Cholangiocarcinoma ( CCA ) , is very rare among the Dutch population, with most cases of Dutch CCA appearing amongst PSC’ers . The risk of CCA is nearly 400 times greater for PSC patients than the healthy population of the same age . It is worth mentioning that CCA hardly occurs with ‘small duct PSC ‘ ( That is, PSC in the small bile ducts ) . About 9 % of the surveyed PSC patients have small duct PSC .
Global research shows that the risk of colorectal cancer ( CRC ) , which is ten times greater among PSC patients , occurs on average in a relatively young age , namely 39 (compared to IBD controls (59yo)). In general, the risk of death from colorectal cancer is much lower than from CCA , especially if the cancer is detected in time. For the newly PSC diagnosed patient, the current Dutch procedure is e.g. to undergo a colonoscopy at the so-called “diagnostic time”, which is the time of diagnosis of PSC. If there is no inflammation seen, then there is no need to have any more endoscopies. However, if inflammation is observed in the intestines , it is advisable to have annual colonoscopies.
Research shows the number of deaths from CRC is significantly lower in the group of patients who have annual colonoscopies than in the group that did not have annual colonoscopies or did not have them often enough. ” This highlights the importance of an annual endoscopy if there is an inflammation. And please note it justifies to have this screening at a relative young age, due to the young age of onset of colorectal cancer: 39 years”, researcher Boonstra states .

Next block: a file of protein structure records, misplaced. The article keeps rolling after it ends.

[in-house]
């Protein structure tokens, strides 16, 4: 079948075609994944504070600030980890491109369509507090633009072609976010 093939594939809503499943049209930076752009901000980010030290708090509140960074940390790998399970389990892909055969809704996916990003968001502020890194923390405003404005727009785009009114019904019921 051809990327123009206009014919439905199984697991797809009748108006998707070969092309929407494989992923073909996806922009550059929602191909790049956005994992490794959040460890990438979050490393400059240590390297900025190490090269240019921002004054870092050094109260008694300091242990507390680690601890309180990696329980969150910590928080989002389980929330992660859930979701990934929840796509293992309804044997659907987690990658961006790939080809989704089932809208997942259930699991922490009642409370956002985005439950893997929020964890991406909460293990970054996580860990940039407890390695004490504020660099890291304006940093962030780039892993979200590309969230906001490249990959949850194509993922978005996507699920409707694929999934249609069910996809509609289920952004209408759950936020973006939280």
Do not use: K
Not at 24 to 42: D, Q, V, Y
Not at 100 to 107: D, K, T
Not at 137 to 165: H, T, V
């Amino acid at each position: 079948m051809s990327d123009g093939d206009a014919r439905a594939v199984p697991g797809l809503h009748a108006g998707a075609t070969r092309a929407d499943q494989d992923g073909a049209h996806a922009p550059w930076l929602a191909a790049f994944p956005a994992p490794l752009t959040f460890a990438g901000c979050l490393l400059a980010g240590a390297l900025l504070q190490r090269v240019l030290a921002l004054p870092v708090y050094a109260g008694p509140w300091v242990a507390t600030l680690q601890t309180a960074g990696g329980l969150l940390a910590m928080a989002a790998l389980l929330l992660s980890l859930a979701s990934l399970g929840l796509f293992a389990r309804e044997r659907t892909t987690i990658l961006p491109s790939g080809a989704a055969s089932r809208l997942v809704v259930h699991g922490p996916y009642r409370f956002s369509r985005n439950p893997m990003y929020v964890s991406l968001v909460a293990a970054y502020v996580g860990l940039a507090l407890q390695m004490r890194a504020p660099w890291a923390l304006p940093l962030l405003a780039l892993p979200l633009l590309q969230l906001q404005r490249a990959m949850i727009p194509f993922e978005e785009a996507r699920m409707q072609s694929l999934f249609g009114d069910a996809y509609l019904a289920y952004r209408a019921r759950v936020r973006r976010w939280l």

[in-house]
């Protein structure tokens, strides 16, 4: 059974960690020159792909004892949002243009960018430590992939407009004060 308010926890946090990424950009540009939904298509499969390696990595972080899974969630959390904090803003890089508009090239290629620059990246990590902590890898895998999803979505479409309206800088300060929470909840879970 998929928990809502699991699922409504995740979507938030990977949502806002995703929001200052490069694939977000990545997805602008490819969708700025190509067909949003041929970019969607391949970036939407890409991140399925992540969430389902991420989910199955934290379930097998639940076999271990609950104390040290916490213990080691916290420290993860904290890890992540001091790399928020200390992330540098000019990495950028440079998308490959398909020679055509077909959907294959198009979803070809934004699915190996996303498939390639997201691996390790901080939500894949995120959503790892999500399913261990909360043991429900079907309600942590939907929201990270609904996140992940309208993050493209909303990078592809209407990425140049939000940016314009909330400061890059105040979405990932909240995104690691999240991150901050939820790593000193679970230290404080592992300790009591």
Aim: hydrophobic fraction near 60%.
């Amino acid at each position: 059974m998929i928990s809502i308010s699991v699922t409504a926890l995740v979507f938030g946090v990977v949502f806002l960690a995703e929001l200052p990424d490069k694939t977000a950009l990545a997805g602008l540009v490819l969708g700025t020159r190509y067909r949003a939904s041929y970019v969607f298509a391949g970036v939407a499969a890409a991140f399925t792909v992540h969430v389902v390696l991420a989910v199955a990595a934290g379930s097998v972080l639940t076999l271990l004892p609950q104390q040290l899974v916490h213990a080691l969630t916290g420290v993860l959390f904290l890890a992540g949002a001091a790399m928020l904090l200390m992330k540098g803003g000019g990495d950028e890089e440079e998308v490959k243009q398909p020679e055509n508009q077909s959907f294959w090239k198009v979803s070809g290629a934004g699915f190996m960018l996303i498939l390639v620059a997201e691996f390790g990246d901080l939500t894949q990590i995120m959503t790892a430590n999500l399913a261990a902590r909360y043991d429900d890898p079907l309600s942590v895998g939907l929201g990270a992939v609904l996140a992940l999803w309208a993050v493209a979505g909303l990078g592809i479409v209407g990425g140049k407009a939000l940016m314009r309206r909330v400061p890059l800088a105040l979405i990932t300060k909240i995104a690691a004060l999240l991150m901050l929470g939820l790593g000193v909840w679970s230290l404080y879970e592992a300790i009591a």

In half of all patients the use of ursodeoxycholic acid ( among users often known as ‘ urso ‘ ) has a positive effect on laboratory values, and almost all users say they feel better taking it. However, the drug has no proven effect on the further development of PSC . Often, the use of ursodeoxycholic acid will inhibit the inflammation.
NSAIDs are Non – Steroidal Anti – Inflammatory Drugs. Examples of commonly used NSAIDs include ibuprofen , naproxen and diclofenac. There appears to be evidence that the occasional use of NSAIDs has a protective effect on the progression of the disease. However, Boonstra indicates that at present, one can not make firm conclusions yet , but it is certainly worth further research , also in relation to the possible harmful effects in many related diseases like Crohn’s disease or Ulcerative Colitis.
Although strictly speaking, transplant recipients aren’t a part of this research, former PSC’ers who have undergone a transplant during the research period are tracked by the researchers in order to get a better view on this population. For instance it is possible that a PSCer returns to the hospital after transplant, or that the transplant is damaged , for example, at the bile junction. It is interesting material for researchers and doctors , who thanks to this group of patients may be able to better treat patients in the future.
And what we can do as PSC patients ourselves ?
You can play an active role, including keeping track of whether or not you have had your annual endoscopy and biennial Dexa scan ( for bone density ). There is a PSC protocol in the Netherlands, but this study shows that it is not always followed up appropriately. It is possible that a doctor sometimes forgets to ask . You can always mention it to your doctor!